this weather segment sponsored by pronamel. he protect your enamel against the effects of acid erosion. that does for me. anthony, over to you. thanks, lonnie. this tuesday is the 11th anniversary of the 9/11 terror attacks. weave were expecting a new unveiling at ground zero. one world trade center expected to open in 2014. the reflecting pool has been visited by many people. angered many of the families that work has stopped. >> every morning the lines are long to see the memorial. in one year, 4.5 million people have seen these pools etched with the names of the nearly 3,000 people killed on 9/11. >> it's been very, very well done. however, the name does not tell the story. and that's what's missing right now. >> charles wolf who lost his wife katherine in the world
trade center says, without a museum, the memorial is incomplete. >> it is absolutely shameful. this memorial is not just for the families. this memorial is for the world. >> construction of the museum has stopped due to a financial dispute between the foundation that runs the memorial and museum and the port authority of new york and new jersey. the transportation agency that owns the whole site. the port authority is finishing a multibillion dollar office tower and train station here. but its vice chairman scott rec letter says there are questions about the future finances of the fountation. >> to make sure there's a budget in place long-term to deal with a $60 million a year operating budget. >> the foundation raised $450 million to build the memorial and museum. officials say they can successfully fundraise to operate both.
ms. green walt has been planning the museum for six years. >> otherwise, is it essentially ready? >> yes. remarkably so. the design is complete, we're building the exhibition. >> the museum is where visitors will see the faces behind the names. relics of the twin towers and mementos of those who died in them. >> what do we have here? >> jan ramirez has been organizing 40,000 artifacts. >> in this case, it was worn into the building by a firefighter with squad 18. yu can see his 18, yellow squad badge here that survived on the top. >> david halderman was one of 343 firefighters lost on 9/11. >> he was last seen in the north tower. they were doing last minute checks to make sure there were no civilians on the floor and the towers fell. >> the museum will personalize history and won't avoid controversial subjects. >> it was a big issue about whether to use photographs of the hijackers.
>> there was never a question in our mind that, if we're charged with telling the story of 9/11, that we would leave out the individuals who actually perpetrated the crime. it would be like having a holocaust museum without nazis. you can't do that. >> joining us now is edie lut nick, whose brother worked there and was on the 105th floor when tower one collapsed. she is executive director of the relief fund and author of "an unbroken bond." also with us is firefighter lee who lost his son, also a firefighter in the south tower. lee is board president of the september 11th families association and co-founder of the 9/11 tribute center. good morning to you both. thanks for being here. >> good morning. >> thanks for having us. >> edie, let me start with you. i should note, your firm lost 658 people in the attacks. it's been 11 years. are you surprised this museum hasn't been finished and open?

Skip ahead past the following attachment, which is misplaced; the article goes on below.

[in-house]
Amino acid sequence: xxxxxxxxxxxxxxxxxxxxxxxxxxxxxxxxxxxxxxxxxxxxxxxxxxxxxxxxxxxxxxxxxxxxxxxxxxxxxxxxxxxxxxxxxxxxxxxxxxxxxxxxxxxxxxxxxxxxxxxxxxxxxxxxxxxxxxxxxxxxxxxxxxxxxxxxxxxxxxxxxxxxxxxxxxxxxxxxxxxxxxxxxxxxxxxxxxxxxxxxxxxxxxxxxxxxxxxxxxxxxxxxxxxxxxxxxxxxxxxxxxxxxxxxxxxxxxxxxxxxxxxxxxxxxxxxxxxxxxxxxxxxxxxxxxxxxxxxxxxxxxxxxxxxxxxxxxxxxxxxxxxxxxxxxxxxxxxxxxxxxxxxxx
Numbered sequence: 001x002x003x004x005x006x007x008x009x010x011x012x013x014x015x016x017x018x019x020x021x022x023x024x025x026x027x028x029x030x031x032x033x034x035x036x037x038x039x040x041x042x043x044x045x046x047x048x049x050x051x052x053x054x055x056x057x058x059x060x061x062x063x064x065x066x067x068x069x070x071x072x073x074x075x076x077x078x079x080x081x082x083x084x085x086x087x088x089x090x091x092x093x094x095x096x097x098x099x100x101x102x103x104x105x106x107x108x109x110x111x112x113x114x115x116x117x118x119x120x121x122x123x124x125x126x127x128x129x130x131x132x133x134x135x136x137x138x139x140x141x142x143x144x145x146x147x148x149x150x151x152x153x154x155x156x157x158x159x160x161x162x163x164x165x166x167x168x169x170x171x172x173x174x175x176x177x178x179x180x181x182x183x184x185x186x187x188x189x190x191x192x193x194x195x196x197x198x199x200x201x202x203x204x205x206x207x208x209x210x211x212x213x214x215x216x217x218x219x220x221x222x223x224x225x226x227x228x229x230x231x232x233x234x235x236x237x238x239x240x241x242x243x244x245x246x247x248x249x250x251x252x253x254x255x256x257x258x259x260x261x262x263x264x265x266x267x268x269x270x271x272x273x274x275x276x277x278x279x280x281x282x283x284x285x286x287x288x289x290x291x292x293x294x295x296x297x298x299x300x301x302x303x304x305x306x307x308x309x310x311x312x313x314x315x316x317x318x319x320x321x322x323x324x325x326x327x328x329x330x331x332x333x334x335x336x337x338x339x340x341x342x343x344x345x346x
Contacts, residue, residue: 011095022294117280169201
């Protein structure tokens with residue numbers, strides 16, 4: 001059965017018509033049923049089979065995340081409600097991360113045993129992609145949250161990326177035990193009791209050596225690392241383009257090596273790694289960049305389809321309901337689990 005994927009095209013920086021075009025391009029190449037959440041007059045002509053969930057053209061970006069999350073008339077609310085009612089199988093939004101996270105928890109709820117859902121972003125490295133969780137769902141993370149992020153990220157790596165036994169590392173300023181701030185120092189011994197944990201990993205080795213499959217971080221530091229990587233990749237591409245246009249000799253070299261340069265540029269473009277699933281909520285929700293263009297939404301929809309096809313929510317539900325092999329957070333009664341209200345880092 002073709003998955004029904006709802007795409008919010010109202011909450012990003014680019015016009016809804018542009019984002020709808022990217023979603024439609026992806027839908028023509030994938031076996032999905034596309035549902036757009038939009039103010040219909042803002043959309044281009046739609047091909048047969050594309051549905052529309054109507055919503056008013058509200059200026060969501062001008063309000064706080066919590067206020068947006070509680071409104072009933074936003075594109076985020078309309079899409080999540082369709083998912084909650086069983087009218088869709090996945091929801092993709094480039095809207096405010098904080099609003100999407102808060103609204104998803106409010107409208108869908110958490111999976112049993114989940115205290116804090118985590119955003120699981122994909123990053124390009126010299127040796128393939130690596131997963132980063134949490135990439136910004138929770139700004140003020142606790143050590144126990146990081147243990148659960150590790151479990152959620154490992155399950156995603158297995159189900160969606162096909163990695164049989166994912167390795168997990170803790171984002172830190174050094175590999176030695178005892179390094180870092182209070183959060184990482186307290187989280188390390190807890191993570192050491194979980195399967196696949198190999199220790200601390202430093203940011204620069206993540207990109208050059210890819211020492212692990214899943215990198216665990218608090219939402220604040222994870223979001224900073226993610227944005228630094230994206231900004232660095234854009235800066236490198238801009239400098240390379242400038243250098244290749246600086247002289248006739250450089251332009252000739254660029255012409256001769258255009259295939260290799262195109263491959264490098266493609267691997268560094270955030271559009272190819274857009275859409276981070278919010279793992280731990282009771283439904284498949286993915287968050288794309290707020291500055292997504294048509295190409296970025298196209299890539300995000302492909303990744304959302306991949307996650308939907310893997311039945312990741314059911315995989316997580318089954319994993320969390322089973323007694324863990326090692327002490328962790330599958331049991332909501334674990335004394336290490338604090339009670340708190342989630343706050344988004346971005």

>> surprised, no. disappointed, yes. i mean, the politics started -- lee and i were talking about this earlier. the politics started really on september 12th. and it hasn't stopped. it's really been the basis of what an unbroken bond is about. so i'm not surprised that even after ten years, it's continuing with the museum the same way that it did with the memorial. >> you lost your brother gary. >> i did. >> in 9/11. the fact that there is no museum open here now other than your tribute center, does that keep you from finding peace at ground zero? >> you know, i don't think that that's really what it is. when you lose someone you loved, there's always going to be a hole and no memorial or museum will ever fill that. but the reality is that the families fought very, very hard for a memorial that would tell a story.
and we lost. we wanted the -- we wanted the names of the companies. we want things that would tell you what happened here and that you could connect to. and the answer for the families was that you would get that information in a museum. so by not having it in a museum, to me i look at the 4.5 million visitors who have come to the memorial as a missed opportunity. >> right. >> because those are people who saw what appear to be a random listing of names. >> they haven't seen the story. >> but they know nothing about the people who passed away. nothing about what happened here and they know nothing about what happened in the ten years that followed. >> you're responsible for opening the one essentially museum that is open down there. the 9/11 tribute center. what do you think needs to be done to get the museum going? >> two sides have to get together. it's quite obvious. i can tell you without any question that mayor bloomberg and the folks at city hall and
joe daniels, the memorial foundation and his folks, the two governors and the people from the port authority are working on this issue every day. >> right. >> why can't they get together? fundamentally, what is this about? >> i'm on the memorial foundation board. i'm not privy to that end of it. there is a certain amount of politics. is it ego? i don't think so. i think it's that the two sides have to connect with certain issues, whether it's a control or not. but they are, without any question, they're working diligently every day to try and resolve this. it's easy to say we'll be done in the next few weeks. i don't think so. >> we're talking about a year here at least. >> yes. the museum itself, if the issues are resolved today, it would most likely be another year, year and a half before the museum could be built. the sad issue with the museum not being built and i think edie was touching on it, is that these millions of people that